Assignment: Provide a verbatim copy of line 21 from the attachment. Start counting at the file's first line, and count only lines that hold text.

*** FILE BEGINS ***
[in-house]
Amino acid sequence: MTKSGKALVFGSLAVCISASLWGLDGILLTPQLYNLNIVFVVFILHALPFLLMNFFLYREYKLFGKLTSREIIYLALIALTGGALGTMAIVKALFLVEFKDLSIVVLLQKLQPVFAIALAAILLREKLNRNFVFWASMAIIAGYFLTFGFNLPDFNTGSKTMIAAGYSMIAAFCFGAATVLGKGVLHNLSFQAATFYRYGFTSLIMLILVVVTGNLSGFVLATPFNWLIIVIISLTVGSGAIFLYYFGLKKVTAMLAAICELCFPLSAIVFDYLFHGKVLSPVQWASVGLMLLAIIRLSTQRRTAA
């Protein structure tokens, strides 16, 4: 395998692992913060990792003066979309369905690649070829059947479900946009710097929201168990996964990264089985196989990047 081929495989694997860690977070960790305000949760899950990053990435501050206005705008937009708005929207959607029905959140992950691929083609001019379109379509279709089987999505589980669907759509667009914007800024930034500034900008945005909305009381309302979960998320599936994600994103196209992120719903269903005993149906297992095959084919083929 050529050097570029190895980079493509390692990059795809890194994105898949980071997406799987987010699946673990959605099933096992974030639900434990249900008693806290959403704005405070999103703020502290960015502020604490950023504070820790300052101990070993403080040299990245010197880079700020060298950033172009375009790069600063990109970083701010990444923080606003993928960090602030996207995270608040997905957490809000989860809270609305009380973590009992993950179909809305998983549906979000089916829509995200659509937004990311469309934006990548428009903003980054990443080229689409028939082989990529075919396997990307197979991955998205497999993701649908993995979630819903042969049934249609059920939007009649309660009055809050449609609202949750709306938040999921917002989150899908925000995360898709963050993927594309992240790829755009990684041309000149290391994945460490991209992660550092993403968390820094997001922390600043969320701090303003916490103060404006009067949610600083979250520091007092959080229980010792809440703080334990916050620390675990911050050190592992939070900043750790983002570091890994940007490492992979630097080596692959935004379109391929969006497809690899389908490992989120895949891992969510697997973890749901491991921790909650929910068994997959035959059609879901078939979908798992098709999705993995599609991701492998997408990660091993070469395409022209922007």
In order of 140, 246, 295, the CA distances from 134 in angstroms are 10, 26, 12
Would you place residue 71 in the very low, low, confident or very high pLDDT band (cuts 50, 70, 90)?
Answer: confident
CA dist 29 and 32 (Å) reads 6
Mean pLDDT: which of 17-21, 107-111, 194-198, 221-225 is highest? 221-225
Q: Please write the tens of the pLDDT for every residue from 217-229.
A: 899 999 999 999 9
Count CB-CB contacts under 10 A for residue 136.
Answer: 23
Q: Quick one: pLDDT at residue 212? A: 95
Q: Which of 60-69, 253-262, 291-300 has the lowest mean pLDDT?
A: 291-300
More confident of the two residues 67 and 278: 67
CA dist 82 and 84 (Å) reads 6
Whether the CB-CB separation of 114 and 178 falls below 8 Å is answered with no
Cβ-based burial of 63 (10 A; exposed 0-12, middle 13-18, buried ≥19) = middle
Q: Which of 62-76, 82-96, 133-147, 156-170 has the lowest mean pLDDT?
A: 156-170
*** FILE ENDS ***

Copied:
A: 156-170